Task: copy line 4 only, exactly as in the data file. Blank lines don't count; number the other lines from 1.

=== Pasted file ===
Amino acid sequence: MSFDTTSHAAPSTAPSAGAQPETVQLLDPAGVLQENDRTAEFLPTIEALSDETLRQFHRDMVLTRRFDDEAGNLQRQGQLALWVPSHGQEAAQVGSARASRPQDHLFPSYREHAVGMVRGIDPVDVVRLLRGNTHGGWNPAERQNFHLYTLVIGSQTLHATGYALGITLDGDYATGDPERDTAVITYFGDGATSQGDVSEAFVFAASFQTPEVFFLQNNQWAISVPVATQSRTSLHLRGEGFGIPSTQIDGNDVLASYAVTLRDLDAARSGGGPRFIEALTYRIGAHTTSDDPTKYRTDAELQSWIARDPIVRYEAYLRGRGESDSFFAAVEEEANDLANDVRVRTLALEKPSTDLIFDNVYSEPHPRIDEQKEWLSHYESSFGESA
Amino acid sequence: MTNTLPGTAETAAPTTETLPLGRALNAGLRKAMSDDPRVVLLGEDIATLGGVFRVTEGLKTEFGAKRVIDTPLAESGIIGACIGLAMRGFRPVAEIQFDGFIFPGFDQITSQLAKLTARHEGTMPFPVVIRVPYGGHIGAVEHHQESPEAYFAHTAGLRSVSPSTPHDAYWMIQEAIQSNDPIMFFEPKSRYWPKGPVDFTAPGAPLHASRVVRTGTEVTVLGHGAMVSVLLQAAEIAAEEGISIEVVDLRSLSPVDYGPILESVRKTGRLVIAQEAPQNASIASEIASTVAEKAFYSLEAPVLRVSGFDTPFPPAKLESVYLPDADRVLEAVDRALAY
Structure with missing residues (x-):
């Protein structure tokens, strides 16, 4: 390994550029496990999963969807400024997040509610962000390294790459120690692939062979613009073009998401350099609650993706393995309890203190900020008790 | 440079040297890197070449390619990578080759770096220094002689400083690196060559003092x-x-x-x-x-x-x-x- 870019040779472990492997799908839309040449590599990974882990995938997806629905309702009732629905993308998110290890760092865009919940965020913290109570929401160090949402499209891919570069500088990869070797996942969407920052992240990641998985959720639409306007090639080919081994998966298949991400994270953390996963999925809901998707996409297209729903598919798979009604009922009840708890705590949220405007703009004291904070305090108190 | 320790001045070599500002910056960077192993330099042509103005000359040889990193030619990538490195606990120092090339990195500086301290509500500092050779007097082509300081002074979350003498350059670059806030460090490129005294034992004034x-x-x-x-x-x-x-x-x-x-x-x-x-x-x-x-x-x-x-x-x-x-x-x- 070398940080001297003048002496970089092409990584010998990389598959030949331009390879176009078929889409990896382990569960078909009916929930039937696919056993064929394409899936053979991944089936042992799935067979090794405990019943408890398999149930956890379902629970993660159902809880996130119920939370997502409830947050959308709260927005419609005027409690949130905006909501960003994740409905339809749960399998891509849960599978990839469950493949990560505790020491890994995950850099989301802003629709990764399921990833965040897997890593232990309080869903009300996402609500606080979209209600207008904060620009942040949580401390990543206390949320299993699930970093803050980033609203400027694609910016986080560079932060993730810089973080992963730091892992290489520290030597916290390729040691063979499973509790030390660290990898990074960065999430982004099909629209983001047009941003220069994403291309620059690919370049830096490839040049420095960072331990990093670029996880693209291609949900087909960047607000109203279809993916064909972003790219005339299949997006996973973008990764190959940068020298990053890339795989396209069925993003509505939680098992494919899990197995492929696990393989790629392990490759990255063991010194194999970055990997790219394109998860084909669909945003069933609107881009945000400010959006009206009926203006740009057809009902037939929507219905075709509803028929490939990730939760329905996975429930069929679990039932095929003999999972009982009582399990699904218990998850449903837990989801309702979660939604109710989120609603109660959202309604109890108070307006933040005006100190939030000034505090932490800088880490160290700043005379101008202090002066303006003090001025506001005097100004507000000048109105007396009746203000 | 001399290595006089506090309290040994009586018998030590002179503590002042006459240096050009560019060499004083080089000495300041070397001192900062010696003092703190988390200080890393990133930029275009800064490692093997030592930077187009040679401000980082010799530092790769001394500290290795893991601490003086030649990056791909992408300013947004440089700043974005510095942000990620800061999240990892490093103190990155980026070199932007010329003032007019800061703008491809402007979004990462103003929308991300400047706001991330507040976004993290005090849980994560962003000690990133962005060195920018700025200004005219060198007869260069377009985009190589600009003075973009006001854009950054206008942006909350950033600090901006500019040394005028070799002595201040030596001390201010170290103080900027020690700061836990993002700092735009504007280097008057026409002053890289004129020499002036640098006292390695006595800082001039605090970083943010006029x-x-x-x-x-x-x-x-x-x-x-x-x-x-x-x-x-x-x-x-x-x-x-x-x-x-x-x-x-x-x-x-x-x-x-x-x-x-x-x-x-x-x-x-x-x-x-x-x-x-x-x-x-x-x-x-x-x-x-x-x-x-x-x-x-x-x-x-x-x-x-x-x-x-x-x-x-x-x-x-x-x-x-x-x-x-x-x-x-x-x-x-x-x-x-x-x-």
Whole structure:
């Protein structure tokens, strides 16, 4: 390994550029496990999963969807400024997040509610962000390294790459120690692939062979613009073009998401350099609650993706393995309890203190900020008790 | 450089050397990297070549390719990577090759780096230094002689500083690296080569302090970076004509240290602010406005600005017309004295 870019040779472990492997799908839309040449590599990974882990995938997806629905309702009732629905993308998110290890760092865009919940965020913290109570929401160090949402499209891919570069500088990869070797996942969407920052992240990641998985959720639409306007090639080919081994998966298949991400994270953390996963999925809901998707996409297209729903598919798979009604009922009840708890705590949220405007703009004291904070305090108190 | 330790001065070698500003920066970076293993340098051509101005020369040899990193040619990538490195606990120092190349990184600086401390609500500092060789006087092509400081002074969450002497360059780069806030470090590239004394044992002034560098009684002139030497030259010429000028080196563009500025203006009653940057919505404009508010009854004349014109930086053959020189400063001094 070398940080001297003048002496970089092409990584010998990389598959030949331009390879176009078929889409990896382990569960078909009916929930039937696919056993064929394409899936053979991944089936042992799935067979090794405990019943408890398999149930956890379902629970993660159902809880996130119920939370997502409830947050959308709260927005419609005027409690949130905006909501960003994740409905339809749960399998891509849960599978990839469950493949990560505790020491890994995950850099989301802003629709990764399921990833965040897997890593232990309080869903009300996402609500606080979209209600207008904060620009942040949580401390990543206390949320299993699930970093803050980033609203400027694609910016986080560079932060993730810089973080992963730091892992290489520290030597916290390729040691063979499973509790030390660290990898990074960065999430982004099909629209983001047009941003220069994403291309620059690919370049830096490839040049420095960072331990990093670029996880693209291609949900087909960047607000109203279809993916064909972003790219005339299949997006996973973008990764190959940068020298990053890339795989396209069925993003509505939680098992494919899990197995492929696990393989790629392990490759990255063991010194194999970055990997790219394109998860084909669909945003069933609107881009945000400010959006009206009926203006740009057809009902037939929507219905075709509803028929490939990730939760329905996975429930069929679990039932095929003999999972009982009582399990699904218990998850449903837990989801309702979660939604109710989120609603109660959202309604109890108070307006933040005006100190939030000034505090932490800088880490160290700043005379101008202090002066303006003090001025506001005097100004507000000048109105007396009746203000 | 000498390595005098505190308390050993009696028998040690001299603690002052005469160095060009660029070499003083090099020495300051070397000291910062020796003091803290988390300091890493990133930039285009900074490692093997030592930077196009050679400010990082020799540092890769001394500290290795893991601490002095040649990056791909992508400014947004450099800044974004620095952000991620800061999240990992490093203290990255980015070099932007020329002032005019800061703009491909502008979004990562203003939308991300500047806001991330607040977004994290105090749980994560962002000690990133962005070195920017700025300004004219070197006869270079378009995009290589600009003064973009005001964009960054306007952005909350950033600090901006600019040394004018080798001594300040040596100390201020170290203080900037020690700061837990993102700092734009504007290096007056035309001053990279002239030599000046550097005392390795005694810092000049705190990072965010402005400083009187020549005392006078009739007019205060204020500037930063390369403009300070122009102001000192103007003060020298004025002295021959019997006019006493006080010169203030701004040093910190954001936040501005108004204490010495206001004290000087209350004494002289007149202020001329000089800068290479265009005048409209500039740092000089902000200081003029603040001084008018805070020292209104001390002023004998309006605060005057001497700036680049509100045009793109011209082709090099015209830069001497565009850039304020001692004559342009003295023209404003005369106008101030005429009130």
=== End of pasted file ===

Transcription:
């Protein structure tokens, strides 16, 4: 390994550029496990999963969807400024997040509610962000390294790459120690692939062979613009073009998401350099609650993706393995309890203190900020008790 | 440079040297890197070449390619990578080759770096220094002689400083690196060559003092x-x-x-x-x-x-x-x- 870019040779472990492997799908839309040449590599990974882990995938997806629905309702009732629905993308998110290890760092865009919940965020913290109570929401160090949402499209891919570069500088990869070797996942969407920052992240990641998985959720639409306007090639080919081994998966298949991400994270953390996963999925809901998707996409297209729903598919798979009604009922009840708890705590949220405007703009004291904070305090108190 | 320790001045070599500002910056960077192993330099042509103005000359040889990193030619990538490195606990120092090339990195500086301290509500500092050779007097082509300081002074979350003498350059670059806030460090490129005294034992004034x-x-x-x-x-x-x-x-x-x-x-x-x-x-x-x-x-x-x-x-x-x-x-x- 070398940080001297003048002496970089092409990584010998990389598959030949331009390879176009078929889409990896382990569960078909009916929930039937696919056993064929394409899936053979991944089936042992799935067979090794405990019943408890398999149930956890379902629970993660159902809880996130119920939370997502409830947050959308709260927005419609005027409690949130905006909501960003994740409905339809749960399998891509849960599978990839469950493949990560505790020491890994995950850099989301802003629709990764399921990833965040897997890593232990309080869903009300996402609500606080979209209600207008904060620009942040949580401390990543206390949320299993699930970093803050980033609203400027694609910016986080560079932060993730810089973080992963730091892992290489520290030597916290390729040691063979499973509790030390660290990898990074960065999430982004099909629209983001047009941003220069994403291309620059690919370049830096490839040049420095960072331990990093670029996880693209291609949900087909960047607000109203279809993916064909972003790219005339299949997006996973973008990764190959940068020298990053890339795989396209069925993003509505939680098992494919899990197995492929696990393989790629392990490759990255063991010194194999970055990997790219394109998860084909669909945003069933609107881009945000400010959006009206009926203006740009057809009902037939929507219905075709509803028929490939990730939760329905996975429930069929679990039932095929003999999972009982009582399990699904218990998850449903837990989801309702979660939604109710989120609603109660959202309604109890108070307006933040005006100190939030000034505090932490800088880490160290700043005379101008202090002066303006003090001025506001005097100004507000000048109105007396009746203000 | 001399290595006089506090309290040994009586018998030590002179503590002042006459240096050009560019060499004083080089000495300041070397001192900062010696003092703190988390200080890393990133930029275009800064490692093997030592930077187009040679401000980082010799530092790769001394500290290795893991601490003086030649990056791909992408300013947004440089700043974005510095942000990620800061999240990892490093103190990155980026070199932007010329003032007019800061703008491809402007979004990462103003929308991300400047706001991330507040976004993290005090849980994560962003000690990133962005060195920018700025200004005219060198007869260069377009985009190589600009003075973009006001854009950054206008942006909350950033600090901006500019040394005028070799002595201040030596001390201010170290103080900027020690700061836990993002700092735009504007280097008057026409002053890289004129020499002036640098006292390695006595800082001039605090970083943010006029x-x-x-x-x-x-x-x-x-x-x-x-x-x-x-x-x-x-x-x-x-x-x-x-x-x-x-x-x-x-x-x-x-x-x-x-x-x-x-x-x-x-x-x-x-x-x-x-x-x-x-x-x-x-x-x-x-x-x-x-x-x-x-x-x-x-x-x-x-x-x-x-x-x-x-x-x-x-x-x-x-x-x-x-x-x-x-x-x-x-x-x-x-x-x-x-x-």